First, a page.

US 5154324 A
A portable dispensing system for administering fluids to livestock (e.g. vaccines, drenches/pour-ons) comprising a pack (1) for fluid materials attached to the operator by a belt. In use, fluid is drawn from the interior of the pack via a dip tube (7) and through a flexible delivery tube (10) by repeated operation of a dispensing syringe or gun (12). The dip tube and delivery tube are coupled via a connector in a draw-off cap (8). When not in use the gun can be attached to the pack by a clip or holster (18).
1. A portable system for dispensing veterinary fluid materials to livestock comprising a pack for containment of fluid material to be dispensed, dispensing means for administering material from the pack to the livestock, a receptacle for receiving the dispensing means when not in use and means for attaching the pack and receptacle to an operator characterised in that the means for attaching the pack and receptacle to the operator is a belt sized to secure the pack and receptacle around the waist or hip of the operator, wherein the pack has slots or loops for attachment to the belt, said dispensing means including a delivery device and a flexible coil tube formed of nylon connecting the pack to said delivery device, a dip tube coupled to said flexible coil tube for disposition in the pack to transfer fluid out of the pack to the dispensing means, said pack having a sump to accommodate an end portion of the dip tube through which fluid may be transferred from the pack to the dispensing means.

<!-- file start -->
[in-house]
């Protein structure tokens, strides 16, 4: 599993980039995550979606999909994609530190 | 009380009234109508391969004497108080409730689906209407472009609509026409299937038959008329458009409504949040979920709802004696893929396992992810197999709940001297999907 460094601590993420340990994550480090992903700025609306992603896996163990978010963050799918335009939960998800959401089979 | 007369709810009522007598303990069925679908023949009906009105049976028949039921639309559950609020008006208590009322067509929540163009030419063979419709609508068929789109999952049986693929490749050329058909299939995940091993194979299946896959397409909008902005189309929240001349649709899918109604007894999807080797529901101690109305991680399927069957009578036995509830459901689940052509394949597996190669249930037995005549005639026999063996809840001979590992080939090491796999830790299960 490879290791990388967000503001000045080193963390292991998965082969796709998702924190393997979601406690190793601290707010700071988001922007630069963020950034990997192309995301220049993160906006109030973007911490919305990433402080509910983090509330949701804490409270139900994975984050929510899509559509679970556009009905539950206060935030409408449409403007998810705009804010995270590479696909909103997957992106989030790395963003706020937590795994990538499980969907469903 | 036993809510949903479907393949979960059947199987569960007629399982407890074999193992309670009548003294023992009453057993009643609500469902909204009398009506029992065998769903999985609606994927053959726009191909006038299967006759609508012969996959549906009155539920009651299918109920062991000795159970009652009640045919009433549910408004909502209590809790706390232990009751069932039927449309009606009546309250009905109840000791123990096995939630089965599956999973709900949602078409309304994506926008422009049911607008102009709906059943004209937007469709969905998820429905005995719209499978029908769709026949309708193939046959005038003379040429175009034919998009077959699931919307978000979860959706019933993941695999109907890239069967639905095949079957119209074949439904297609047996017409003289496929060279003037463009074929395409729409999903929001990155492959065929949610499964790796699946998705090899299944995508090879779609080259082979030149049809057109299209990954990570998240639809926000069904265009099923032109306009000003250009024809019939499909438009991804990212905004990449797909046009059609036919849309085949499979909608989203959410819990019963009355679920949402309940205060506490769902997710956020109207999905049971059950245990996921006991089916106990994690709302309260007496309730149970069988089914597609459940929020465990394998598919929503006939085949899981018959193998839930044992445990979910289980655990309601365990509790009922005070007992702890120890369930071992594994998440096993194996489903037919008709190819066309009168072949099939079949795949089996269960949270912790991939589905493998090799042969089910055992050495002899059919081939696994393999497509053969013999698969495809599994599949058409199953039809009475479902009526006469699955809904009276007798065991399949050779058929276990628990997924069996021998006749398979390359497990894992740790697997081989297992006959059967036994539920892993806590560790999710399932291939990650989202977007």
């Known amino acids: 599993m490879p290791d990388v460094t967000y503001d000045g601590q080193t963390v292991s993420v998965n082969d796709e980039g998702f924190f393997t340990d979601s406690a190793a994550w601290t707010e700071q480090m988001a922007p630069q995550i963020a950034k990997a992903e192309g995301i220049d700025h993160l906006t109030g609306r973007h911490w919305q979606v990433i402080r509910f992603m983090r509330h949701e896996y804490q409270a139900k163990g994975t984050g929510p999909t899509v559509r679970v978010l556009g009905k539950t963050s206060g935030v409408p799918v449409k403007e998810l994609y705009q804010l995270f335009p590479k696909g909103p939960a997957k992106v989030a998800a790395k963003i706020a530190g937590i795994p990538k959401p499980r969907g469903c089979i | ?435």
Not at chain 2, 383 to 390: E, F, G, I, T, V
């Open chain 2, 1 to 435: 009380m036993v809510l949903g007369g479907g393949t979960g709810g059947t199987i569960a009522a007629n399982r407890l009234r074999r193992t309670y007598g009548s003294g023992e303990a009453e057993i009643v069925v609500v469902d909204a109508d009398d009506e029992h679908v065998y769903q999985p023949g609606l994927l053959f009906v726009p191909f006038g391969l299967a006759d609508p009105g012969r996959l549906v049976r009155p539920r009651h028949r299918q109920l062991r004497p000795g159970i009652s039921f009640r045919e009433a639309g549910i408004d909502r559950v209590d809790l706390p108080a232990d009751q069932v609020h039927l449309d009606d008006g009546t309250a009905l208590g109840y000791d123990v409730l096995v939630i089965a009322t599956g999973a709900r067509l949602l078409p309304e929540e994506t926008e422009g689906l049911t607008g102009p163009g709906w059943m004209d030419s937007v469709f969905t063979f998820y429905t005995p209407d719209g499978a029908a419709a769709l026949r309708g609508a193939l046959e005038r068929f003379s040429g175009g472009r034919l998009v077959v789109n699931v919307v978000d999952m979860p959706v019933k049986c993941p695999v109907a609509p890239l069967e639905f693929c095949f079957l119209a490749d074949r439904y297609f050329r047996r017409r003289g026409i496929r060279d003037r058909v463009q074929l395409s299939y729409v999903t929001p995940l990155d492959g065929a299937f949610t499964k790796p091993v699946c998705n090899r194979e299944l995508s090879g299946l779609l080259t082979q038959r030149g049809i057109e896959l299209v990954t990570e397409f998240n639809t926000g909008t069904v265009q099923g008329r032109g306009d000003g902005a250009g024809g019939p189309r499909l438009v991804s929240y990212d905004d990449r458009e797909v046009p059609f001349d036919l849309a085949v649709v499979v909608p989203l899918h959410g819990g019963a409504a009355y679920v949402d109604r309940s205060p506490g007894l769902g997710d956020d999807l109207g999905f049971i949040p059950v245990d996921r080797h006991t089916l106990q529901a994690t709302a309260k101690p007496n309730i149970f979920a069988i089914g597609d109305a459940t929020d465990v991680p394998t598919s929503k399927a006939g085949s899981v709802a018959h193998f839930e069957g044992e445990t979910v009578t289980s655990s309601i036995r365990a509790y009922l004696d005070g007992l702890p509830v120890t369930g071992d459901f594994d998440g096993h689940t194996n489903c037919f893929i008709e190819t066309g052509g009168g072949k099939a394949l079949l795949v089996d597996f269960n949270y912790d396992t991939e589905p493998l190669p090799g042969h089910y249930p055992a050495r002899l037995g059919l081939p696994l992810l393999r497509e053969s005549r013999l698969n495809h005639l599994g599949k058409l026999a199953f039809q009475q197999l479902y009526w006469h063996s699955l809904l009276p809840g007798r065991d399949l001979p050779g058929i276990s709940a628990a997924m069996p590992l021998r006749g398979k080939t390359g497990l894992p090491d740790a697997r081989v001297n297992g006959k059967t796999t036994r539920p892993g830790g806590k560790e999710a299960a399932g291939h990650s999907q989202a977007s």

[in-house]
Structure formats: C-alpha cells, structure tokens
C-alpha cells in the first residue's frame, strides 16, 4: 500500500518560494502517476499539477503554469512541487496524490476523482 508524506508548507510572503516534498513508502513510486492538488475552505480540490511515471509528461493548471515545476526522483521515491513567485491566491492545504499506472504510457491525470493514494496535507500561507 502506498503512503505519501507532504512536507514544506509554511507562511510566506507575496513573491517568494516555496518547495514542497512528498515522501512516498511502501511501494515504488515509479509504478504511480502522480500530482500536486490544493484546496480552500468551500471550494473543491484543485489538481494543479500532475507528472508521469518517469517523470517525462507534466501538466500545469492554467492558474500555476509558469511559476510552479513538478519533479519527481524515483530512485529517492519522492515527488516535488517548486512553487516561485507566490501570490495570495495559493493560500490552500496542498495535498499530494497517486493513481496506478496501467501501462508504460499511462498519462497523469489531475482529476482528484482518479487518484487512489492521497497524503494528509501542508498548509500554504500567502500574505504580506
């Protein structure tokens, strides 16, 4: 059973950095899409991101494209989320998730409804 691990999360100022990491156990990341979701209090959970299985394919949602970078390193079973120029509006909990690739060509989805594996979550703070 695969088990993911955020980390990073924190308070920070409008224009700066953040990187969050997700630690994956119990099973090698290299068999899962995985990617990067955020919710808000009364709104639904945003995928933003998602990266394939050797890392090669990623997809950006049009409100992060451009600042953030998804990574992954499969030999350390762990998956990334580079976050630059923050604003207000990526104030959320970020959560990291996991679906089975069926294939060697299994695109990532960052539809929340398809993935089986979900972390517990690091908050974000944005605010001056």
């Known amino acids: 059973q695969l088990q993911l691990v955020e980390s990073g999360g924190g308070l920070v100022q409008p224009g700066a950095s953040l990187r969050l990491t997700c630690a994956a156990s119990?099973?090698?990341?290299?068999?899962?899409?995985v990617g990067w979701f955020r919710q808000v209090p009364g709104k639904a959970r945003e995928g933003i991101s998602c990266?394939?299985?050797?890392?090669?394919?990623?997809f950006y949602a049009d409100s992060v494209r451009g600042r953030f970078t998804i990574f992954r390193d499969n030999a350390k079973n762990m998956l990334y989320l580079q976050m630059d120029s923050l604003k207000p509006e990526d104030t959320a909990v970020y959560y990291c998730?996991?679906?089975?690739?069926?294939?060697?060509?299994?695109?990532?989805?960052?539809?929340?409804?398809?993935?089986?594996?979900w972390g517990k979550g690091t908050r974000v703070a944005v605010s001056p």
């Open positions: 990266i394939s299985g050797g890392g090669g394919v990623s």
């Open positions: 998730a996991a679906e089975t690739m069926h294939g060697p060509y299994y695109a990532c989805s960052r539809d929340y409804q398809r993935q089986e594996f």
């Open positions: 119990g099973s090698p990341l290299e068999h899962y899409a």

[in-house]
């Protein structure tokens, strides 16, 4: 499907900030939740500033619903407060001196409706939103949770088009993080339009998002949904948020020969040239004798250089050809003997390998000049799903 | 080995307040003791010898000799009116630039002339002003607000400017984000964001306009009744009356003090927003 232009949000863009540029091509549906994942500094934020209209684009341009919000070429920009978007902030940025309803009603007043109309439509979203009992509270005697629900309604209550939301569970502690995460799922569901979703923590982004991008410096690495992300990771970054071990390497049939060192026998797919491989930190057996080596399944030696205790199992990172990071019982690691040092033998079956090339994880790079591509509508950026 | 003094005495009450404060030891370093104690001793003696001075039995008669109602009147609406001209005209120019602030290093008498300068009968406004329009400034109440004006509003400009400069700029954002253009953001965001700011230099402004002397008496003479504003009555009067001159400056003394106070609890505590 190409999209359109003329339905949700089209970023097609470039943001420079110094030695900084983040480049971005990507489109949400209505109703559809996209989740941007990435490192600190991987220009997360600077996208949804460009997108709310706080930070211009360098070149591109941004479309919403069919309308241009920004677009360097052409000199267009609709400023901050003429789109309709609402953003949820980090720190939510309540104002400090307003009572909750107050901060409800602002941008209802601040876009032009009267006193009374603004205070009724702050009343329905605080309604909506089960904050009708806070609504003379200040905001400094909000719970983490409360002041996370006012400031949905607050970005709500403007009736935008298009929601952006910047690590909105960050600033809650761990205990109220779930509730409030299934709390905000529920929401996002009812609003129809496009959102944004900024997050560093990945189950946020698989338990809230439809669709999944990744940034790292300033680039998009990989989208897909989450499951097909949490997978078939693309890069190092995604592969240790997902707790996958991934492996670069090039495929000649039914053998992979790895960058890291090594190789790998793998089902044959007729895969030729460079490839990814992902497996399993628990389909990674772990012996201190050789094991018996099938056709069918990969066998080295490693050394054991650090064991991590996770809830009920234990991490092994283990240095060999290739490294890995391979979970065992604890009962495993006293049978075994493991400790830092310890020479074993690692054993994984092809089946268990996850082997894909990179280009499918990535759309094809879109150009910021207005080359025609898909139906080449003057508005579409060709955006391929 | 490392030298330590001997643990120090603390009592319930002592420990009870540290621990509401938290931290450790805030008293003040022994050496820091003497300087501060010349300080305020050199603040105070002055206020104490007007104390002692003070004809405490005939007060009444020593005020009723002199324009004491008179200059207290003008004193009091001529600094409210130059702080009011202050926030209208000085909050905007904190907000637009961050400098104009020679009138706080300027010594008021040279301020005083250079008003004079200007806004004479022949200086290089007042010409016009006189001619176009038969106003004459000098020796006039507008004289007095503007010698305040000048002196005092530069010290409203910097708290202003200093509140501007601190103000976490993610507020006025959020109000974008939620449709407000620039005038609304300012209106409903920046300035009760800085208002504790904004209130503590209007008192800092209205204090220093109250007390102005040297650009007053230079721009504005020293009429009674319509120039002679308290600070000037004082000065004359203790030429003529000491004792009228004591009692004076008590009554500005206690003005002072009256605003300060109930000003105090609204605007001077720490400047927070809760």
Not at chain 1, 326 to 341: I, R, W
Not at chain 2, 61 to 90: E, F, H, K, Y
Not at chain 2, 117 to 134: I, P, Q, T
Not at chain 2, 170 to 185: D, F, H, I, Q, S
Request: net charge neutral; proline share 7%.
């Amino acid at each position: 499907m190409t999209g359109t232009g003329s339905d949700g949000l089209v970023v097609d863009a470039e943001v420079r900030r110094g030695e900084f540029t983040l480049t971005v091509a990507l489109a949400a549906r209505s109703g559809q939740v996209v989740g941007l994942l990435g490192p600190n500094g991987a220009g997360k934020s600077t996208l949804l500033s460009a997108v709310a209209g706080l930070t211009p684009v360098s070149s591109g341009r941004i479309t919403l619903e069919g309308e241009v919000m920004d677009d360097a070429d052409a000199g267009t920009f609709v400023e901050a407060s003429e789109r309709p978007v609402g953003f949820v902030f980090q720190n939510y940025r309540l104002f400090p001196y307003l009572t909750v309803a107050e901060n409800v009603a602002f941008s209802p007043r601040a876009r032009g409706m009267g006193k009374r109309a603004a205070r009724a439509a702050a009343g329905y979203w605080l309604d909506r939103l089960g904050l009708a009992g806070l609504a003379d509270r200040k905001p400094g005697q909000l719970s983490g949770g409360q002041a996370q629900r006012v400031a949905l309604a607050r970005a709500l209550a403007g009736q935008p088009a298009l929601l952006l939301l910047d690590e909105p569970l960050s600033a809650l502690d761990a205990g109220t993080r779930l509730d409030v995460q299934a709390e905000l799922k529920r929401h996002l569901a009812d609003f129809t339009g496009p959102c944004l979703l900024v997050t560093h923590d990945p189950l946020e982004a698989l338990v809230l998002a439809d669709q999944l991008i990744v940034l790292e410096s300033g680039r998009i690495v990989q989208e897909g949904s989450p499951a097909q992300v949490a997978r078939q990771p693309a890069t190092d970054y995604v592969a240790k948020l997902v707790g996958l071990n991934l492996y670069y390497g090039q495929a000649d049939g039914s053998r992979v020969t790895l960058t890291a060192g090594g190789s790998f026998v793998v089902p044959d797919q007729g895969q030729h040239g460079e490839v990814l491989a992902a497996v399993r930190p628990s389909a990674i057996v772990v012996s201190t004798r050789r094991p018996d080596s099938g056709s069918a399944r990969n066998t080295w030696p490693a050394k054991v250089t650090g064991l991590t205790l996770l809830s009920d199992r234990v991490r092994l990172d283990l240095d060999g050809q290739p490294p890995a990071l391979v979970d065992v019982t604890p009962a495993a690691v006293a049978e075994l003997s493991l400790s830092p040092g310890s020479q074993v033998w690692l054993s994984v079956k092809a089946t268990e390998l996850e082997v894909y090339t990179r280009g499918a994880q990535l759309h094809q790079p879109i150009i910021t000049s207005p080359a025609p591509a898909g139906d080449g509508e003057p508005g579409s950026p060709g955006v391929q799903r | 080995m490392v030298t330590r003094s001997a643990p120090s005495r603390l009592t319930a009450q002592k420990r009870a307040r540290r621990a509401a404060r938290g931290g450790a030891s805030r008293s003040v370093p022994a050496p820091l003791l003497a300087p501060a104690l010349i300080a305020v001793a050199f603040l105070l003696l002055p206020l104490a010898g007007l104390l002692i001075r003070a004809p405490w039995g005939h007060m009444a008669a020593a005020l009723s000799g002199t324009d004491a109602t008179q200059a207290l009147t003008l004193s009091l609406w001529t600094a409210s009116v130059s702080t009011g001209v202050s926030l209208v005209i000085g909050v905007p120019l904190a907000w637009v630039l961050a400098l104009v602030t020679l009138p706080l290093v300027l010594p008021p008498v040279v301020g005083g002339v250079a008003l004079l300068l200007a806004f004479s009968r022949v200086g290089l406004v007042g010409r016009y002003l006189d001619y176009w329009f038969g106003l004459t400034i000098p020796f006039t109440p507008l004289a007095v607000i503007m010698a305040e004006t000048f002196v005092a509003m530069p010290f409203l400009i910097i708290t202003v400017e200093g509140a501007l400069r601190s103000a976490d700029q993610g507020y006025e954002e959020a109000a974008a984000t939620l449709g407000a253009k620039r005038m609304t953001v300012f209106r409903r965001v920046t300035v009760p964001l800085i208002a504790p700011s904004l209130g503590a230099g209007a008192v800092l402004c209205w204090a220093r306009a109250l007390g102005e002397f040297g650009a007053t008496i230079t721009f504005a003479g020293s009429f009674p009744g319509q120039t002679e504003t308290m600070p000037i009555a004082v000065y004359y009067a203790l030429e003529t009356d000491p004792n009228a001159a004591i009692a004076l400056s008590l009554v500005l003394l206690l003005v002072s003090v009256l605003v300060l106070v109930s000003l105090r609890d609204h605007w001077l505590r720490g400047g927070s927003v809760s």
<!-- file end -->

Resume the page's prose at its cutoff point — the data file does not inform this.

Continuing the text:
2. A dispensing system according to claim 1 including a drawoff cap with an air inlet means disposed about an opening in the pack.
3. A dispensing system according to claim 2 wherein the drawoff cap is provided with a connection means for the dip tube and delivery tube which is rotatable with respect to the pack whereby the cap can rotate on the pack.
The present invention relates to a portable dispensing system for fluid materials which is worn around the hip or waist of the operator. The invention is more particularly concerned with dispensing systems for administering fluids to livestock and is accordingly described in this context.
In situations where individual operators are dispensing predetermined volumes of fluids in a repetitive fashion, it is convenient if the supply of fluid to be dispensed is continuously supplied to the dispensing device such that after each fluid dose is dispensed, the dispensing device is automatically replenished. Typical dispensing devices include syringes, guns, applicators as well as other dispensing or administering means.